Skip to main content

Filmmaker Spotlight: Director Jonathan Ade of ItsOkayItsOkay


This week's Filmmaker Spotlight focuses on writer and director Jonathan Ade, whose film was showcased at the AT&T center as part of NewFilmmakers Los Angeles. Learn about his film, ItsOkayItsOkay as he discusses  making the film, lessons he's learned and where you can catch him next.

Tell us a little bit about your project and how long you’ve been working on it. 

I’ve been working with my DP and creative partner Alexander Paul on the Meditations for the past three years. Each film takes us about a year to make, usually because we slowly accumulate the necessary resources and proper time to execute each project in-between our regular day jobs. That’s why it takes so long.

Is there anyone you'd like to thank for helping out with this film?

Too many people. The production couldn’t have come together if it wasn’t for the help of a number of really crucial folks, especially Henry Lange Jr. at Raising Hope and Mike Carter at Panavision. And of course, we have a tremendous support network of friends and family who have contributed financially to make this project happen. My parents are especially important in this regard.

On the production end of things, the film couldn’t have been made without the hard work of Cassandra Siemon, our production designer, who led a team to build three sets in five days. Her many sleepless nights were the only reason we were able to shoot in the first place.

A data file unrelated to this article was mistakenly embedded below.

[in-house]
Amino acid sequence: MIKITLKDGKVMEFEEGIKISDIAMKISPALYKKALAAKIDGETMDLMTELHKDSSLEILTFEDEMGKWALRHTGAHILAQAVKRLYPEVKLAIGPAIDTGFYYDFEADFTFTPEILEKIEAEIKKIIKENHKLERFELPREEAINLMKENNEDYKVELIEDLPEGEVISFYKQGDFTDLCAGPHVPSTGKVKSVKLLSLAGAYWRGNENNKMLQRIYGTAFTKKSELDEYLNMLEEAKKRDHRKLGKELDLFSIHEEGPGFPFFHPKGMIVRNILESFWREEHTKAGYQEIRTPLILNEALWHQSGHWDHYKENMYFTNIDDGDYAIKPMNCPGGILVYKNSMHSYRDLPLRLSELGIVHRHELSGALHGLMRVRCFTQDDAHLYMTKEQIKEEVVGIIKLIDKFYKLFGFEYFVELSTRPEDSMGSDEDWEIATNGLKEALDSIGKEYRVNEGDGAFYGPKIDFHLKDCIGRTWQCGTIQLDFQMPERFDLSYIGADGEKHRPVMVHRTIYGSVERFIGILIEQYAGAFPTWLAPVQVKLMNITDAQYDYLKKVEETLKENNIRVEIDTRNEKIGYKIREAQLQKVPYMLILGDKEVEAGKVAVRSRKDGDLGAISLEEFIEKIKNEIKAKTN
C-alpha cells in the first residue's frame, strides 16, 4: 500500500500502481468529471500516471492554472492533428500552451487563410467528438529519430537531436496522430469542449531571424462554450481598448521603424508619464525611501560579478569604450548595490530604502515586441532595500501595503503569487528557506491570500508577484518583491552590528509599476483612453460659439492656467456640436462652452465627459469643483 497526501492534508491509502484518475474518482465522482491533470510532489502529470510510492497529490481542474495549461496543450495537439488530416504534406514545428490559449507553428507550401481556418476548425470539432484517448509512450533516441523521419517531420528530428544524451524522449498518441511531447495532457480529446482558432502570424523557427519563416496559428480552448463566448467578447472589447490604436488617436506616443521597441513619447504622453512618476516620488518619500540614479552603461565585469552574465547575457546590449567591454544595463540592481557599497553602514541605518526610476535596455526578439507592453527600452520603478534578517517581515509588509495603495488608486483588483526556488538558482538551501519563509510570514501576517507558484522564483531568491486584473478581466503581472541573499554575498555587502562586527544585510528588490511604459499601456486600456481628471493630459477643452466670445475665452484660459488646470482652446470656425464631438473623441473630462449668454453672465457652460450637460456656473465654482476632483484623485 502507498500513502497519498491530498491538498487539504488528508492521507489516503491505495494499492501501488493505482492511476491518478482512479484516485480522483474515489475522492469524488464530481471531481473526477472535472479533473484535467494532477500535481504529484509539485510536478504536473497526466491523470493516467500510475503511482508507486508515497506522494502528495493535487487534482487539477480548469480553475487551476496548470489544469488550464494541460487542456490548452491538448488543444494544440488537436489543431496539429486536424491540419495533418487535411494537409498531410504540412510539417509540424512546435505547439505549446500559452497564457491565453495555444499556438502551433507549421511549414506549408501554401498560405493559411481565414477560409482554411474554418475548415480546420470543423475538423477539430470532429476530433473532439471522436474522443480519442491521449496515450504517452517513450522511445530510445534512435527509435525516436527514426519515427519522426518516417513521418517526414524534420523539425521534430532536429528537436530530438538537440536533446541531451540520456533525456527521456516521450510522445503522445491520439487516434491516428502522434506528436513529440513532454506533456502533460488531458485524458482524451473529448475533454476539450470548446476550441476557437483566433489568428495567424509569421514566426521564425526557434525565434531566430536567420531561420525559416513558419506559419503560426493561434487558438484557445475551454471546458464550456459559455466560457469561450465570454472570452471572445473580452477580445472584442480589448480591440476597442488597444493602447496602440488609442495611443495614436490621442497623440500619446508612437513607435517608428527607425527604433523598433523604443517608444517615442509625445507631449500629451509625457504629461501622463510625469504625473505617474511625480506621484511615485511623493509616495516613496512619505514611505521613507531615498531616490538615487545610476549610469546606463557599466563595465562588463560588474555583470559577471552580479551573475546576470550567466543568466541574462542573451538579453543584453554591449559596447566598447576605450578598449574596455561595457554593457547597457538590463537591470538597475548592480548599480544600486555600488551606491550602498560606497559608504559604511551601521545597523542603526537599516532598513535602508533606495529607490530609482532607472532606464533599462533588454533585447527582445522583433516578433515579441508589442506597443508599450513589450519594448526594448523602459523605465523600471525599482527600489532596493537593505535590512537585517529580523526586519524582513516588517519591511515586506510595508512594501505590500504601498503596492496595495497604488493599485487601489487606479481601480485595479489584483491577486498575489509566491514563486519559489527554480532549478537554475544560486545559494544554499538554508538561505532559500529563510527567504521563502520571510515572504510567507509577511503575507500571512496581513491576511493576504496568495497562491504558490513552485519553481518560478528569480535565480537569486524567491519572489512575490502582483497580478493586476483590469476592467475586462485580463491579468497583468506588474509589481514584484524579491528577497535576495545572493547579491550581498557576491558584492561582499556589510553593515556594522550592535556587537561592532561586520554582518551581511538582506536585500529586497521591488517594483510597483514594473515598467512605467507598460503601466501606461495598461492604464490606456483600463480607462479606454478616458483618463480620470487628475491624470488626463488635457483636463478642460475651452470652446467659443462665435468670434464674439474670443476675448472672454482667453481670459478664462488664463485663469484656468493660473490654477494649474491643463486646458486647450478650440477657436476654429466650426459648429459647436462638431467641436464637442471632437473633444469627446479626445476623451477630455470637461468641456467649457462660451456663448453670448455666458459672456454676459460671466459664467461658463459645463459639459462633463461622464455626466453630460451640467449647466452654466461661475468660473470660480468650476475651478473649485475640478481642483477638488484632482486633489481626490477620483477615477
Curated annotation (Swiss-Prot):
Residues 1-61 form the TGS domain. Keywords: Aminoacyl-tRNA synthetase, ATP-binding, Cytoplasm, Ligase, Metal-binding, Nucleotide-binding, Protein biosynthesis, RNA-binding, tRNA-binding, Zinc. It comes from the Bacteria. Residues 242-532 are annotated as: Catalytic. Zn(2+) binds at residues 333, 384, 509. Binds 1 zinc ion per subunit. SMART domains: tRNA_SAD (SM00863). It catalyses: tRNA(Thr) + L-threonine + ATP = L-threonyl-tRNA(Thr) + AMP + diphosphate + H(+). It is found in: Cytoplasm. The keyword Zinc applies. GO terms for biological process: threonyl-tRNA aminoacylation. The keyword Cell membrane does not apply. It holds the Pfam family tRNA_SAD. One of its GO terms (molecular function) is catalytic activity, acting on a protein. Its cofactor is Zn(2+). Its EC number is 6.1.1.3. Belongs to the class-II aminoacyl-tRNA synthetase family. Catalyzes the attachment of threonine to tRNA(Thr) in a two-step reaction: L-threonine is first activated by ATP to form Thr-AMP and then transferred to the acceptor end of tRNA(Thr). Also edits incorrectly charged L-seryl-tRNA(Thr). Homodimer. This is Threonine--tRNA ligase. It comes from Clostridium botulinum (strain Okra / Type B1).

How does it feel to have your film part of the NewFilmmakers Screening at AT&T Center?

Wonderful. Our previous Meditation, Supper, screened at NewFilmmakers almost a whole year ago, so it feels both like a tremendous homecoming and (hopefully) something of a tradition.

What inspires you?

A number of things. Film, of course, but also a lot of long form non-fiction, poetry, theater, clowning. I’m currently enamored with a series of live events put on by Henry Hoke in Los Angeles, called Enter: Text, which is a kind of art installation meets literary reading, in which the participants find unique and intimate ways of engaging with the audience. It’s really made me think of the way a space changes your relationship to a work, no matter what that work happens to be.

Who are your influences and who do you admire?

On the film side of things, it’s interesting because there are people who I admire that don’t (consciously) influence me, and there are people who influence me that I don’t necessarily admire. Ha! They’re not always one in the same.

The aesthetic of honesty runs deep in a filmmaker like Kelly Reichardt, the single most underappreciated filmmaker working today. Virtually everything I’ve tried to do in the last few years is, in one way or another, some loose, vain approximation of what she does expertly well. For similar reasons, the filmmaker Charles Burnett remains a solid foundation for what I admire about filmmaking, and Killer of Sheep remains my favorite movie.

Strangely, I think I’ve become influenced against my will by some of the work I’ve done as an editor. Through a matter of necessity, I’m frequently a video editor of promotional videos, sizzles, and trailers. And though I’ve downplayed the significance of working in this field (as I said before, it’s felt like a matter of necessity than a burning desire), I think fast-paced editing has sharpened my instinct for saying more with the bare minimum, at whatever pace.